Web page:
In late 1997, the Victorian Smoking and Health Program developed a comprehensive proposal to put to the government's tax reform task force.44

The proposal was submitted by heart and cancer charities on behalf of almost 60 health and medical groups around the country. In addition to a shift to a per stick tax on cigarettes, the proposal called for imposition of the GST on top of the per stick excise. Adding a GST to the retail cost of tobacco products–with no compensatory decrease in excise duty–would prevent tobacco products becoming more affordable. A GST on tobacco would help to prevent any decrease in consumption (and revenue flow) from any items for which cigarettes acted as a substitute.

Technical appendix 13.3.2 Recommended retail price per stick of leading brands in Australia compared with reported prices paid–Australia 2002 to 2010

Table 13.3.2.1
Recommended prices per stick (cents) top selling Australian cigarette brands 2002 to 2010

 


2002

2003

2004

2005

2006

2007

2008

2009

2010

Winfield 25s

0.3700

0.3860

0.4000

0.4200

0.4380

0.4560

0.4800

0.5020

0.6300

Longbeach 40s

0.3350

0.3475

0.3625

0.3750

0.3888

0.4038

0.4300

0.4425

0.5563

Peter Jackson 30s

0.3533

0.3667

0.3800

0.3950

0.4083

0.4250

0.4500

0.4650

0.5867

Horizon 50s

0.3260

0.3390

0.3510

0.3640

0.3800

0.3930

0.4180

0.4310

0.5360

Benson & Hedges 25s

0.3800

0.3980

0.4120

0.4320

0.4500

0.4680

0.4920

0.5140

0.6480

Holiday 50s

0.3160

0.3280

0.3420

0.3550

0.3710

0.3840

0.4080

0.4270

0.5320

Alpine 35s

0.3800

0.3940

0.4060

0.4220

0.4380

0.4560

0.4820

0.5020

0.6300

Dunhill 25s

0.3840

0.4040

0.4200

0.4400

0.4580

0.4760

0.5020

0.5280

0.6480

Marlboro 25s

0.3800

0.3980

0.4140

0.4320

0.4500

0.4680

0.4920

0.5140

0.6480

Escort 35s

0.3443

0.3571

0.3714

0.3886

0.4057

0.4257

0.4529

0.4629

0.5557

Average all brands (unweighted for RRPs)

0.3569

0.3718

0.3859

0.4024

0.4188

0.4355

0.4607

0.4788

0.5971

Source: NSW Tobacco Traders ART cigarette price lists August 2002 to 201045,46,47,48,49,50,51,52,53

 

Table 13.3.2.2
Reported prices per stick (cents) paid by smokers, Australian arm of ITC cohort study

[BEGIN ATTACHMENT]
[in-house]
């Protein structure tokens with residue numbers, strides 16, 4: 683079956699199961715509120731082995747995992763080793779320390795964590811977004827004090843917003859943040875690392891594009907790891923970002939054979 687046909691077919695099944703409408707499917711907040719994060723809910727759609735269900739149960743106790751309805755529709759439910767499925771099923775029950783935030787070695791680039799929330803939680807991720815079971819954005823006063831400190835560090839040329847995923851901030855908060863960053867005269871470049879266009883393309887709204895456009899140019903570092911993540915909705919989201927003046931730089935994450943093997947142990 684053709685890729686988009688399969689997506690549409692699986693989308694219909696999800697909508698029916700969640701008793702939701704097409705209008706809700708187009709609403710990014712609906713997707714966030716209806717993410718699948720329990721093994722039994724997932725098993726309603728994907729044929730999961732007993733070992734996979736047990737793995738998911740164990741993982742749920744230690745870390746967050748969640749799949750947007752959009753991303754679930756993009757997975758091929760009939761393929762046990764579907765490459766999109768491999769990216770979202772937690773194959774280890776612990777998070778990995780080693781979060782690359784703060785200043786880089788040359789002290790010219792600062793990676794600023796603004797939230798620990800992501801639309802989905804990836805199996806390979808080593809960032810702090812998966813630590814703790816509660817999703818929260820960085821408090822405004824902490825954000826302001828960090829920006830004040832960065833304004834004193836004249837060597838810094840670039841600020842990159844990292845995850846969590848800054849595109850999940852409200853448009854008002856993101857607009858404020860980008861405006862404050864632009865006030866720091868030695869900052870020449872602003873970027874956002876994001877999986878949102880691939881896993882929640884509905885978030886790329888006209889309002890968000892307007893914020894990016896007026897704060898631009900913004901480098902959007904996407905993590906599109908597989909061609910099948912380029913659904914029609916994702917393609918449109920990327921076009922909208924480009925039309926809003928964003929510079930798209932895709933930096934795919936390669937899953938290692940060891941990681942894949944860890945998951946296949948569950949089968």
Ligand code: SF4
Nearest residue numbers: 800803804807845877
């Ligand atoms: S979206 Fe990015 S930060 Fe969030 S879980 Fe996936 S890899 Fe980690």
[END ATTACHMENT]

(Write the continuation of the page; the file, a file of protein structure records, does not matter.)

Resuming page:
2002

2003

2004

2005

2006

2007

2008

2009

2010

Winfield 25s

0.3635

0.3622

0.3843

0.3952

0.4047

0.4268

0.4473

0.4593

0.5760

Longbeach 40s

0.3109

0.3198

0.3354

0.3548

0.3597

0.3768

0.4035

0.4147

0.5345

Peter Jackson 30s

0.3393

0.3402

0.3523

0.3735

0.3841

0.4029

0.4278

0.4446

0.5392

Horizon 50s

0.3041

0.3128

0.3285

0.3406

0.3585

0.3680

0.3754

0.3973

0.4850

Benson & Hedges 25s

0.3719

0.3715

0.3867

0.4050

0.4166

0.4439

0.4609

0.4904

0.5983

Holiday 50s

0.2909

0.3000

0.3178

0.3337

0.3495

0.3528

0.3807

0.3735

0.4704

Alpine 35s

0.3580

0.3620

0.3772

0.4025

0.4193

0.4108

0.4439

0.4726

0.5710

Dunhill 25s

0.3730

0.3832

0.4023

0.4200

0.4445

0.4512

0.4918

0.4739

0.6009

Marlboro 25s

0.3628

0.3889

0.3812

0.4006

0.4299

0.4288

0.4113

0.4775

0.6134

Escort 35s

0.3355

0.3462

0.3623

0.3700

0.3789

0.4066

0.4414

0.4125

0.5081

Weighted averages all brands

0.3546

0.3687

0.3829

0.3970

0.4103

0.4289

0.4520

0.4677

0.5877

 


2002

2003

2004

2005

2006

2007

2008

2009

2010

Average RRP, unweighted

0.3965

0.4131

0.4288

0.4471

0.4653

0.4839

0.5119

0.5320

0.6634

RRP weighted by use

0.3546

0.3687

0.3829

0.3970

0.4103

0.4289

0.4520

0.4677

0.5877

Weighted reported average

0.3391

0.3430

0.3589

0.3742

0.3844

0.4015

0.4235

0.4400

0.5370

% by which reported price different to RRP weighted

-4.4%

-7.0%

-6.3%

-5.7%

-6.3%

-6.4%

-6.3%

-5.9%

-8.6%

% by which reported price different to RRP unweighted

-5.0%

-7.8%

-7.0%

-7.0%

-8.2%

-7.8%

-8.1%

-8.1%

-10.1%

 

Table 13.3.2.3
Percentage by which reported average weighted price is different to recommended price (unweighted)

 


2002

2003

2004

2005

2006

2007

2008

2009

2010

Winfield

-1.8%

-6.2%

-3.9%

-5.9%

-7.6%

-6.4%

-6.8%

-8.5%

-8.6%

Longbeach

-7.2%

-8.0%

-7.5%

-5.4%

-7.5%

-6.7%

-6.2%

-6.3%

-3.9%

Peter Jackson

-4.0%

-7.2%

-7.3%

-5.4%

-5.9%

-5.2%

-4.9%

-4.4%

-8.1%

Horizon

-6.7%

-7.7%

-6.4%

-6.4%

-5.7%

-6.4%

-10.2%

-7.8%

-9.5%

Benson & Hedges

-2.1%

-6.7%

-6.1%

-6.3%

-7.4%

-5.1%

-6.3%

-4.6%

-7.7%

Holiday

-7.9%

-8.5%

-7.1%

-6.0%

-5.8%

-8.1%

-6.7%

-12.5%

-11.6%

Alpine

-5.8%

-8.1%

-7.1%

-4.6%

-4.3%

-9.9%

-7.9%

-5.9%

-9.4%

Dunhill

-2.9%

-5.1%

-4.2%

-4.5%

-2.9%

-5.2%

-2.0%

-10.2%

-7.3%

Marlboro

-4.5%

-2.3%

-7.9%

-7.3%

-4.5%

-8.4%

-16.4%

-7.1%

-5.3%

Escort

-2.6%

-3.1%

-2.5%

-4.8%

-6.6%

-4.5%

-2.5%

-10.9%

-8.6%

Source: International Tobacco Control Policy Evaluation Study, unpublished data provided by Timea Partos 2012